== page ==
An independent review into the abuse committed by late John Smyth at Winchester College has revealed he used his “unrestricted access” to the school and to its pupils to sexually and spiritually abuse boys.
The former chairman of the Iwerne camps and Anglican leader was found to have beaten at least 22 boys during the 1970s and 1980s but was never imprisoned as he moved to Zimbabwe and died in South Africa in 2018.
Following the allegations first brought to light in 2017, Winchester college, Scripture Union and the Church of England all launched independent investigations into the allegations.
Led by two independent experts, Jan Pickles OBE and Genevieve Woods, Winchester college’s review has concluded Smyth’s way into the school was through the Christian Forum, an evangelical group that met on Sundays.
According to the report, Smyth would be invited to the group as a guest speaker once a month but he attended between 30 and 40 per cent of the meetings.
“A former pupil said that Smyth attended on some Sundays just to listen. He said that he remembered thinking it was odd that he was just sitting in the library listening at Christian Forum meetings as he was not a member of Winchester College staff,” the investigation reads.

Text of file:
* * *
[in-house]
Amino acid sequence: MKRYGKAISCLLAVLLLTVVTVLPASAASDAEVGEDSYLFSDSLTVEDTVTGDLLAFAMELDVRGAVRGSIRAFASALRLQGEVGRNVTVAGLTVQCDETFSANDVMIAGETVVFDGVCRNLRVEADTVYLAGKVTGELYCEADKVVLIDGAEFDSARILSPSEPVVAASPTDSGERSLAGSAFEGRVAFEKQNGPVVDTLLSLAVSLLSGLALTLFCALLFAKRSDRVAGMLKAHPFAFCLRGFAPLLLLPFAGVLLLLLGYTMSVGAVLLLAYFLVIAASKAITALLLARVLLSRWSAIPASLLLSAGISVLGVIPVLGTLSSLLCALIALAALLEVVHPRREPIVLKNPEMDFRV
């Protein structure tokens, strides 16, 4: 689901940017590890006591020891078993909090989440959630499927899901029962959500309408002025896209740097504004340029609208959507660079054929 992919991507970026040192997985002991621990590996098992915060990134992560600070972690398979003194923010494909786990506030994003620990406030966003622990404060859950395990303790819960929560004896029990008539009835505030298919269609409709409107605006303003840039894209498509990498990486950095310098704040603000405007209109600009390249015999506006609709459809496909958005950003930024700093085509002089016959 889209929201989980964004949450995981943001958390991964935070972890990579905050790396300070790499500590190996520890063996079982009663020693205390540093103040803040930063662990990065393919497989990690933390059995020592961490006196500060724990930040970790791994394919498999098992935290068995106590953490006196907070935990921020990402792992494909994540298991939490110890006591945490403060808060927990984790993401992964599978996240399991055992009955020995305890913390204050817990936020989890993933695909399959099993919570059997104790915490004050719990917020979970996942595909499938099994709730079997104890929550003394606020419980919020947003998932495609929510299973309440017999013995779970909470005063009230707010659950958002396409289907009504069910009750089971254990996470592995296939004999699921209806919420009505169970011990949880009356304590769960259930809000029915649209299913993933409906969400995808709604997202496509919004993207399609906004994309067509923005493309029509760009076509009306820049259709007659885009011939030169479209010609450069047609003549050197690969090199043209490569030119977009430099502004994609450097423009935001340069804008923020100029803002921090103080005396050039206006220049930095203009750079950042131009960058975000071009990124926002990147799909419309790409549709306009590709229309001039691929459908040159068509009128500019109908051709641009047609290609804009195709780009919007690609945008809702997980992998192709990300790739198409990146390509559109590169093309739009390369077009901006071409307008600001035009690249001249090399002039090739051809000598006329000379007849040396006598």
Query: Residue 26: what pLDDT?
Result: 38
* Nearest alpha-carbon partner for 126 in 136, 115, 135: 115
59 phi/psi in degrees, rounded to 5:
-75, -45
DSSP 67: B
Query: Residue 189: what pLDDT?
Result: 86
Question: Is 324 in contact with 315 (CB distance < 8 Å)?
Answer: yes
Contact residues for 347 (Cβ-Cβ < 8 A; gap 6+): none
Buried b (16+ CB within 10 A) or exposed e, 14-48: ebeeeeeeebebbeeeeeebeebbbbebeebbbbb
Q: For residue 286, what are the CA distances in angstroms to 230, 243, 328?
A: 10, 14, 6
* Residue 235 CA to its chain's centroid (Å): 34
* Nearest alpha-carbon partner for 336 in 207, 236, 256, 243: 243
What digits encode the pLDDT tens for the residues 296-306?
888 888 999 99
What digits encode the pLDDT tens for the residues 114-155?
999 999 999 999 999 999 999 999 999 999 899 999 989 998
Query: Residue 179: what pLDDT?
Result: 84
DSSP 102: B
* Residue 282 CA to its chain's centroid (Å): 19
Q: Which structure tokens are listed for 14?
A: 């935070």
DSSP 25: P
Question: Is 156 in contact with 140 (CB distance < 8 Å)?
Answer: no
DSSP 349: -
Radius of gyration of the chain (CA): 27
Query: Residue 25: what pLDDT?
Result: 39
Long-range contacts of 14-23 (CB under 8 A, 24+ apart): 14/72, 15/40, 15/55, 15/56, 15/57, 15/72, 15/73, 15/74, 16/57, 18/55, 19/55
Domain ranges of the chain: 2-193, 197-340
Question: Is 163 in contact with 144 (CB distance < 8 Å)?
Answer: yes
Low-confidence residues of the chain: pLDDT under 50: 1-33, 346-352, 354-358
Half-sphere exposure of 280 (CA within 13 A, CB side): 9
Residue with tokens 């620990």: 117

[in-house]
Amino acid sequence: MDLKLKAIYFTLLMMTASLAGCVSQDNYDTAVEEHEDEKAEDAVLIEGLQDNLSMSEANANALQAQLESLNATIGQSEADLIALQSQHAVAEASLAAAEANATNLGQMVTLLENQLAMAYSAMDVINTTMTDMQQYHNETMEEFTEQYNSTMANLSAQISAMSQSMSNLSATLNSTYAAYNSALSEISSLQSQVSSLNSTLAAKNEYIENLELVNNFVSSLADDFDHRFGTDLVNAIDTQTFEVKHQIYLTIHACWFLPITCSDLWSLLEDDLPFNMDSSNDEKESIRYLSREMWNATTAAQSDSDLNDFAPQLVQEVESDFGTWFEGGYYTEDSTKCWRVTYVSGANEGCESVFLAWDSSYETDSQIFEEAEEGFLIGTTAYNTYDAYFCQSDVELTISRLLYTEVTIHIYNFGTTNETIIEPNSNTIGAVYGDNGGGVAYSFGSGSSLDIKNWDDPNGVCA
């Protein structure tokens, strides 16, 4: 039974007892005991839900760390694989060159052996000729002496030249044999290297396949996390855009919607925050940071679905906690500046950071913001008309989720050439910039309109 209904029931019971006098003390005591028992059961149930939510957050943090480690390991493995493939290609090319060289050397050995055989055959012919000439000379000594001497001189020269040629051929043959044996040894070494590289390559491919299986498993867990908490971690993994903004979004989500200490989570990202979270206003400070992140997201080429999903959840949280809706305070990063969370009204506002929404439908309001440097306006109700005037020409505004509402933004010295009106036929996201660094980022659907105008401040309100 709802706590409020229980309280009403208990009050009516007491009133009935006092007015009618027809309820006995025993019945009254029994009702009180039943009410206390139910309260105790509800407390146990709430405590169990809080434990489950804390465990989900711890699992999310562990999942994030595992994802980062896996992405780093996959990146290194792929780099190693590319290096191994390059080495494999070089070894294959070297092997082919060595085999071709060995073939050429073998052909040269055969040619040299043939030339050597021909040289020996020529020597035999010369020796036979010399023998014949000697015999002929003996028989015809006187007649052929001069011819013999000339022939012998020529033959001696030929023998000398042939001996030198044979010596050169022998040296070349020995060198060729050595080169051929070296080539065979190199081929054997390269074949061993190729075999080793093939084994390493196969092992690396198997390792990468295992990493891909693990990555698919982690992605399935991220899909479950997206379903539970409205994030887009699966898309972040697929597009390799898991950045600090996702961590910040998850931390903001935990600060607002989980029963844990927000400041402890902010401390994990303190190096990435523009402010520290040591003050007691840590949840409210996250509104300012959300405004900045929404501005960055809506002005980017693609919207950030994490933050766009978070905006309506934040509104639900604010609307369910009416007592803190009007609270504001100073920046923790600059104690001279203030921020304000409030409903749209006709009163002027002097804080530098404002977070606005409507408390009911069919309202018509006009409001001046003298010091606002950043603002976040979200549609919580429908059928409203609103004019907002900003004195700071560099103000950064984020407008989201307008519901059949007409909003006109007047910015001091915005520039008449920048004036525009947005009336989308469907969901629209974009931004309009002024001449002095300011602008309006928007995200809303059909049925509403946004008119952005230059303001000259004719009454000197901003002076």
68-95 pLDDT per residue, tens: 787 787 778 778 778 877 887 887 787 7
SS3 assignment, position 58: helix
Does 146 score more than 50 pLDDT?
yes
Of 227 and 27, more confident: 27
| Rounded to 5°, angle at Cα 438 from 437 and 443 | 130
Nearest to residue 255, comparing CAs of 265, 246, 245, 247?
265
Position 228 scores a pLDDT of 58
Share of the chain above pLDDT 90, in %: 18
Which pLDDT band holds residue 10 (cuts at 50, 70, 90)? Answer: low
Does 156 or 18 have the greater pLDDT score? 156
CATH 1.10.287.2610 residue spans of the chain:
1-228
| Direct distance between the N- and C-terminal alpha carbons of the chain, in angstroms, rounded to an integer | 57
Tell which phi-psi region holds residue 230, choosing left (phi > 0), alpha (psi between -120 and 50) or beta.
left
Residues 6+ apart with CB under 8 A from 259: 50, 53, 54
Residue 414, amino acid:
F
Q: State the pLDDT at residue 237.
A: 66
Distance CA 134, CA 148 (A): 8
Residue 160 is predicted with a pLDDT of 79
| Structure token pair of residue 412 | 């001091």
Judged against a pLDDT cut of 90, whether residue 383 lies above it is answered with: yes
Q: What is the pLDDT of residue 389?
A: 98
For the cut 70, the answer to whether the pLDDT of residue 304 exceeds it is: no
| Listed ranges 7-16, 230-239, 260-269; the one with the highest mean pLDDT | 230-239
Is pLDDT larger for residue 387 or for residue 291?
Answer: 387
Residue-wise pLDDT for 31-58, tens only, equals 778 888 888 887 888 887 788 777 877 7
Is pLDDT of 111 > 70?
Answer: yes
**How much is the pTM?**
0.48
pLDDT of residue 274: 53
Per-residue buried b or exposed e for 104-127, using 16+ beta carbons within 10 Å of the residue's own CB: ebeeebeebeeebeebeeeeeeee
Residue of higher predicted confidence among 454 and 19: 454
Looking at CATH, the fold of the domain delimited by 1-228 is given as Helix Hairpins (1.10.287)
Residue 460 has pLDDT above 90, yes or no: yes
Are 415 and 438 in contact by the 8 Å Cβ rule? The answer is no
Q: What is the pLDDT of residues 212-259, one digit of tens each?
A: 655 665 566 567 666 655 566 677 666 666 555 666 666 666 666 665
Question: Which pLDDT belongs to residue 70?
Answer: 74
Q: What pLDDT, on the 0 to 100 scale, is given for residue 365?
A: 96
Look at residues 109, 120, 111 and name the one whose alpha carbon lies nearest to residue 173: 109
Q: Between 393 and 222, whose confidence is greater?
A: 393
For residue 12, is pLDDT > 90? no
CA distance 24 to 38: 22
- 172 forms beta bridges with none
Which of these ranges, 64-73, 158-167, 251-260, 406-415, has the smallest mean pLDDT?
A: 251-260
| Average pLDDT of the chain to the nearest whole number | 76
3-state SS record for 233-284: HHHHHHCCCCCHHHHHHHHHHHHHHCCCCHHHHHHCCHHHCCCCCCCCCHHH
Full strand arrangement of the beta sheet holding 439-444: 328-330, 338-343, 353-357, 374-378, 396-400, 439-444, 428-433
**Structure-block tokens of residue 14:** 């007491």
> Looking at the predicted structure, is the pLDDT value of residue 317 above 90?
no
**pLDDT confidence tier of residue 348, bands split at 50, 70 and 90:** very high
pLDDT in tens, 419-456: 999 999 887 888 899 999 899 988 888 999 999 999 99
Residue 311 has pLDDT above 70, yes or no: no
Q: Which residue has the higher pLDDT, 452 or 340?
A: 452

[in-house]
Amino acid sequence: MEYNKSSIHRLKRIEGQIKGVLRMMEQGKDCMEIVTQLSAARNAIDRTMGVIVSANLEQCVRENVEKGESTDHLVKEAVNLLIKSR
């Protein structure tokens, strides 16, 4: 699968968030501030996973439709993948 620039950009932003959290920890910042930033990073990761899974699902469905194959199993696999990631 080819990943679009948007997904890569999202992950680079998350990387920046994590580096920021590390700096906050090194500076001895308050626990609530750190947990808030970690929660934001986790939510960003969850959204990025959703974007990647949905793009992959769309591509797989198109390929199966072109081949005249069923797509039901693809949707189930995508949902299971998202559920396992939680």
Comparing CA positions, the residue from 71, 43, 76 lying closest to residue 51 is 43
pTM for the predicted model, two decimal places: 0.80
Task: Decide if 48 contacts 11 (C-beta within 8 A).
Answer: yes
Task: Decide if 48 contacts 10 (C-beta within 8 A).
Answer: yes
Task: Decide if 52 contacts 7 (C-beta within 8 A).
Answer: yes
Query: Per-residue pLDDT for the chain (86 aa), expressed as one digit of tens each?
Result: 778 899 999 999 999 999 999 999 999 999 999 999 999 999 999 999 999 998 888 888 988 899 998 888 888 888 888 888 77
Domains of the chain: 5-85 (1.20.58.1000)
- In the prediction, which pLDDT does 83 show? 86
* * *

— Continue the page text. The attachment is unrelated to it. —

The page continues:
Smyth would “build intense relationships with the boys” by inviting them for lunch on Sundays and by “having conversations with them about sexual activities” such as “discussion and disclosure of masturbation and impure thoughts so that it became normal conversation within that special group.”
One victim said he “felt compelled to tell Smyth everything he asked of him and he believed that he used techniques of cross-examination on the boys.”
The report also revealed Smyth encouraged boys not to trust their housemasters and used theological arguments to explain his behaviour.
“Smyth told the boys that they had been chosen by God to do great things and that he had been sent by God to be his ‘spiritual father’ on Earth,” the review said.
“As their spiritual father, he said he had the right and duty to discipline ‘his sons’,” and quoted Proverbs 13:24.
“He told the boys that they could show gratitude to Jesus by nailing their sins to the cross. This was the rationale he used for the infliction of physical abuse,” the report continued.
Among the conclusions, the investigation also showed “even basic safeguards which were common at the time for those in ministry or teaching roles, such as the use of interviews or references, were not utilised in relation to Smyth".
Winchester College has apologised “unreservedly” for its failings and added that its current safeguarding processes have been "successfully inspected".
You can read the full report here.